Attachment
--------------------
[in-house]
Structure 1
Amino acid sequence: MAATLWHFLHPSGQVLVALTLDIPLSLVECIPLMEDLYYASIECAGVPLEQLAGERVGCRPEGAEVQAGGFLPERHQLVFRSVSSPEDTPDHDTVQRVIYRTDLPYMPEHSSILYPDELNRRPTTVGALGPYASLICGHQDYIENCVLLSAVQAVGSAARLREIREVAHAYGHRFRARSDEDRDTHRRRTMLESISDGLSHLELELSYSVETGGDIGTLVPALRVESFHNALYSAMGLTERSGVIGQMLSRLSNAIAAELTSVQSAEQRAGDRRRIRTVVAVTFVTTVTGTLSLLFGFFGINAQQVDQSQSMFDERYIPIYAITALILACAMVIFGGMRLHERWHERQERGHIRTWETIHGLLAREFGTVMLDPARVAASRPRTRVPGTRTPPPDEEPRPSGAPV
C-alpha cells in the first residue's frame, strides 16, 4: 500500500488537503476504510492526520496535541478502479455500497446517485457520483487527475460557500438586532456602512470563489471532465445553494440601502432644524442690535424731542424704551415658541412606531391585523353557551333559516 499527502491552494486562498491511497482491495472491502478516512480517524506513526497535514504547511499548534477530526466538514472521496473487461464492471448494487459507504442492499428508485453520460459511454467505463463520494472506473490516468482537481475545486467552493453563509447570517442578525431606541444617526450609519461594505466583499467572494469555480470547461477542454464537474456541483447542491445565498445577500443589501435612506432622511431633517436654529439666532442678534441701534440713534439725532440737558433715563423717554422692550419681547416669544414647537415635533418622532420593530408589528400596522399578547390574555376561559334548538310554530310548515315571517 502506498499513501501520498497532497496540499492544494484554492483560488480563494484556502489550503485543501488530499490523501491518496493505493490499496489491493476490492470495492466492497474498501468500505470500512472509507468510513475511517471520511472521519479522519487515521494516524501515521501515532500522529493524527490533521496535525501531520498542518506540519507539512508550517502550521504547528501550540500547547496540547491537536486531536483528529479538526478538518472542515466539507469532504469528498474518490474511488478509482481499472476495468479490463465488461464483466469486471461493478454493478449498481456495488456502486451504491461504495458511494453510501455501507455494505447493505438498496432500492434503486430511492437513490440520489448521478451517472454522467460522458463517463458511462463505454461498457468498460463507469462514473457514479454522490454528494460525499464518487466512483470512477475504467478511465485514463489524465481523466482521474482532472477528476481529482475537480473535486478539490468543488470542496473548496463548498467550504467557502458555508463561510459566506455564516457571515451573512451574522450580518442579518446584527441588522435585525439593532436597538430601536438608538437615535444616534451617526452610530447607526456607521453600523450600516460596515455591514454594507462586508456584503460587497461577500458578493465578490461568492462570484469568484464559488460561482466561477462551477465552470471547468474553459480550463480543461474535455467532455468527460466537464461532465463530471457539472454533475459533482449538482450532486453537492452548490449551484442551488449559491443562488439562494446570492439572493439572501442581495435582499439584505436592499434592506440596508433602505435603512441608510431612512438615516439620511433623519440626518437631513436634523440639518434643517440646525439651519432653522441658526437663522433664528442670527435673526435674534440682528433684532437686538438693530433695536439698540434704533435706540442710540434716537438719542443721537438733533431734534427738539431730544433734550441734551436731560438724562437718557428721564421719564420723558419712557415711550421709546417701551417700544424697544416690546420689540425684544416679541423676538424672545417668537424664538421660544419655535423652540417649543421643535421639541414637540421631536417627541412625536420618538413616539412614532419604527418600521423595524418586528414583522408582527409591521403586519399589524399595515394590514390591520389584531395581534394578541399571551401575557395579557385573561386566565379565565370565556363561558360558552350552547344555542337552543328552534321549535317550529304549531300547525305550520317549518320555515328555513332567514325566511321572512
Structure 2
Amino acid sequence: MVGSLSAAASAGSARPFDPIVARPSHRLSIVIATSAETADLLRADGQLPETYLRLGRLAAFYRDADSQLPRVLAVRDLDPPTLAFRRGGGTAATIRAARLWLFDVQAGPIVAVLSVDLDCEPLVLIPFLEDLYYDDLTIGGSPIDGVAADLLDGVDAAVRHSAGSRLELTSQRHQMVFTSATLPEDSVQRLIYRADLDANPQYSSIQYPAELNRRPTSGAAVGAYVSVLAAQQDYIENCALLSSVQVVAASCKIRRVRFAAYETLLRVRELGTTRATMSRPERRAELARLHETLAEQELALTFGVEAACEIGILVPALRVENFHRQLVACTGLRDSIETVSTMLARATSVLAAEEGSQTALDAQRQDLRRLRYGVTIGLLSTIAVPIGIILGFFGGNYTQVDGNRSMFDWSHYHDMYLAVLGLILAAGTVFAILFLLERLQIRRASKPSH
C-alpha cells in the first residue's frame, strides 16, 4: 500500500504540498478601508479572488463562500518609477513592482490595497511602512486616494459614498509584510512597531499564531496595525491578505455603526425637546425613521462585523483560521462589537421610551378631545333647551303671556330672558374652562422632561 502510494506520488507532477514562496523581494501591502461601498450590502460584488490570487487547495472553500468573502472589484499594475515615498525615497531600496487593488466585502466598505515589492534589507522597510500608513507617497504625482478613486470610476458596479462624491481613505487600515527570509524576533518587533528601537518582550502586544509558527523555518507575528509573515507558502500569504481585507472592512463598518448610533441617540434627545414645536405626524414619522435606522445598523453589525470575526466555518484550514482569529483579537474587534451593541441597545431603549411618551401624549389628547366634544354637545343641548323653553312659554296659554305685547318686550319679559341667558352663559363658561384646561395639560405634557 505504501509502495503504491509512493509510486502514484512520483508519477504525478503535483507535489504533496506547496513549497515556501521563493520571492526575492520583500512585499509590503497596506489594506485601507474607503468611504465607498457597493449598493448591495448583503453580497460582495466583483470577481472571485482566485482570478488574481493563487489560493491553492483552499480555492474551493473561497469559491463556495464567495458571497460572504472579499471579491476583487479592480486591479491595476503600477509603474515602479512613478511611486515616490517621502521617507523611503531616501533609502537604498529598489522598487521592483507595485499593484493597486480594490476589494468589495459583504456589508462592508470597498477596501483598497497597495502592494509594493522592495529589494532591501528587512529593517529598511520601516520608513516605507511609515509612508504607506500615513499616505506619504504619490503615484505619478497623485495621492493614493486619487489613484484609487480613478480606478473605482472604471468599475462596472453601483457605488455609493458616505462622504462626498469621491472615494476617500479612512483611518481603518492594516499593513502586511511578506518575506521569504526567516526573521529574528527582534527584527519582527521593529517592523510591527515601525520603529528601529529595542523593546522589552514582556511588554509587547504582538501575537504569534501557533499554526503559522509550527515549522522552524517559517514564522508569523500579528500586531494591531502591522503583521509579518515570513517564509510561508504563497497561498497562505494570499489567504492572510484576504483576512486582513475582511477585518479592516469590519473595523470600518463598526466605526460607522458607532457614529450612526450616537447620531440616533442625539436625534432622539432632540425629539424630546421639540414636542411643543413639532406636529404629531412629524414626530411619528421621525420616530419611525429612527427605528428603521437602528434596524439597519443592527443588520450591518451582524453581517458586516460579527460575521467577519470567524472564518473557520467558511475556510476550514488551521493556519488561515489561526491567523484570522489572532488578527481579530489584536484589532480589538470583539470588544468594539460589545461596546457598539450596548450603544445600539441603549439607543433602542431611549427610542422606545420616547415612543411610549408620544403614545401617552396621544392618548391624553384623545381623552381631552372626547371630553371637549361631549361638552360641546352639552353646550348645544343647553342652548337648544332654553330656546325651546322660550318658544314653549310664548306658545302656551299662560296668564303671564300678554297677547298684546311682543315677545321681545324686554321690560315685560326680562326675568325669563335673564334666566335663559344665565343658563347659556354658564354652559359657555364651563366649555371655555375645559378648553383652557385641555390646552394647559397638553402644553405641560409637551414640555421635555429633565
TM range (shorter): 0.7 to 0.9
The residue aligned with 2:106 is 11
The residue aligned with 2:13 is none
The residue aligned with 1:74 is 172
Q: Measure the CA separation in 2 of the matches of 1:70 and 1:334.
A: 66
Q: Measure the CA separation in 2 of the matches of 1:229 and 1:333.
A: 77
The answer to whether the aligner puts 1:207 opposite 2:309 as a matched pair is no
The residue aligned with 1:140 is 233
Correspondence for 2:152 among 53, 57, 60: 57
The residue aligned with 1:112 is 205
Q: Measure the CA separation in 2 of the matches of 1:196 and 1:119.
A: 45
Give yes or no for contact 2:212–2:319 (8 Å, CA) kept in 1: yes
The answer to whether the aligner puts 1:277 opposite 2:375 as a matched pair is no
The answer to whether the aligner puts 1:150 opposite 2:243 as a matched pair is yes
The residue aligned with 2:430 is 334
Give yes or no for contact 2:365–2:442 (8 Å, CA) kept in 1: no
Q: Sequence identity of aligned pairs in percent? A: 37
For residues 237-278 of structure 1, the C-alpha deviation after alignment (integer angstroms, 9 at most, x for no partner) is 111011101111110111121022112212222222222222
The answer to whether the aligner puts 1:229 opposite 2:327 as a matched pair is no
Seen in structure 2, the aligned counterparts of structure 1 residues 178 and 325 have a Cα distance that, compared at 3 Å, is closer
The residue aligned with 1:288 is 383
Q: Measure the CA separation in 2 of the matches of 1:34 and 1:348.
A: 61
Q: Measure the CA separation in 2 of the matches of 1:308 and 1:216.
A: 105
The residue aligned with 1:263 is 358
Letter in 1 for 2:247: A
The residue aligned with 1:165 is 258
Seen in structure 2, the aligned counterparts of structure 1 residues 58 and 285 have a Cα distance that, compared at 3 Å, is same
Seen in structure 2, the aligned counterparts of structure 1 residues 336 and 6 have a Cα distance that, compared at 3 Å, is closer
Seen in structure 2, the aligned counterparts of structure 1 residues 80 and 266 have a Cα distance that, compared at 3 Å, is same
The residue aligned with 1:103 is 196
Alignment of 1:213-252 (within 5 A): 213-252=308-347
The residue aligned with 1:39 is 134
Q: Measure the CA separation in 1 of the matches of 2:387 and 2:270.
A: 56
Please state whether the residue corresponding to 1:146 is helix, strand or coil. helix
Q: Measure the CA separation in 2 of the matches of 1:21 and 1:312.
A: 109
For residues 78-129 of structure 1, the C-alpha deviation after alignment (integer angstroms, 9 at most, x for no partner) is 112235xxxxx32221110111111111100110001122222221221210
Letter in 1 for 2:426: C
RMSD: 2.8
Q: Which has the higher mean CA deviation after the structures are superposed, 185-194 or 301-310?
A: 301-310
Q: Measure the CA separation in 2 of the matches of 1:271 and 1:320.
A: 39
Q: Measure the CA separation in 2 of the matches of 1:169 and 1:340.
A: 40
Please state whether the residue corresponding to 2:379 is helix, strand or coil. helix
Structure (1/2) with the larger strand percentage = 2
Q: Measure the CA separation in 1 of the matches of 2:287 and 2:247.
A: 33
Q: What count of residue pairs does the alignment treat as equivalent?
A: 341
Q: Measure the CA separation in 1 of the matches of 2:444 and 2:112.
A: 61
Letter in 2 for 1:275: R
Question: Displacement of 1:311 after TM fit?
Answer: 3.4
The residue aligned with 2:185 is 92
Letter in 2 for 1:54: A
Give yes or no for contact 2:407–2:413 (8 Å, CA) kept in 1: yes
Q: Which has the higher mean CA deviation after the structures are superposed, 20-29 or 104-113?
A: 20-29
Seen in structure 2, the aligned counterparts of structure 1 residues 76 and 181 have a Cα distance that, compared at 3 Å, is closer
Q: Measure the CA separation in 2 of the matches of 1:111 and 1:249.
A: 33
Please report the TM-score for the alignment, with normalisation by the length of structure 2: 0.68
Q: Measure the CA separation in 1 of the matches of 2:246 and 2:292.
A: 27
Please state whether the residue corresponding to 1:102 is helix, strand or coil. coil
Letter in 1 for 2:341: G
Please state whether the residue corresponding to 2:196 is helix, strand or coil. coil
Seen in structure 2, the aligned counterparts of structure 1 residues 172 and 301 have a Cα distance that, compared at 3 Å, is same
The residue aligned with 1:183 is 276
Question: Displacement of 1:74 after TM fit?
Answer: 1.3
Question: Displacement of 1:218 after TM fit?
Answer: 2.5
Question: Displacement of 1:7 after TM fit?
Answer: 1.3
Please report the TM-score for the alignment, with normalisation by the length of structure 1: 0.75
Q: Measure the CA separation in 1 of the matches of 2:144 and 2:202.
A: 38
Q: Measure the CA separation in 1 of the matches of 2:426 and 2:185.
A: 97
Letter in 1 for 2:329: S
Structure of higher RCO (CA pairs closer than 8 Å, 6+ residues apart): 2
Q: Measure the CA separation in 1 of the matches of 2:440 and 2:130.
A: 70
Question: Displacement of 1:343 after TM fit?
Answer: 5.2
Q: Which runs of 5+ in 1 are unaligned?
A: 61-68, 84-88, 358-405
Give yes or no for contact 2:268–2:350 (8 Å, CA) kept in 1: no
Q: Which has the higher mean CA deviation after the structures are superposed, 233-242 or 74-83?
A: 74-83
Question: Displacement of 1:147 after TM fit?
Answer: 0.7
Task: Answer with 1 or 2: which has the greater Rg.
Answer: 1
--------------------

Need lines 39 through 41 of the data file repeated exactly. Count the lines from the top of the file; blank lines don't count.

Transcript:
Seen in structure 2, the aligned counterparts of structure 1 residues 58 and 285 have a Cα distance that, compared at 3 Å, is same
Seen in structure 2, the aligned counterparts of structure 1 residues 336 and 6 have a Cα distance that, compared at 3 Å, is closer
Seen in structure 2, the aligned counterparts of structure 1 residues 80 and 266 have a Cα distance that, compared at 3 Å, is same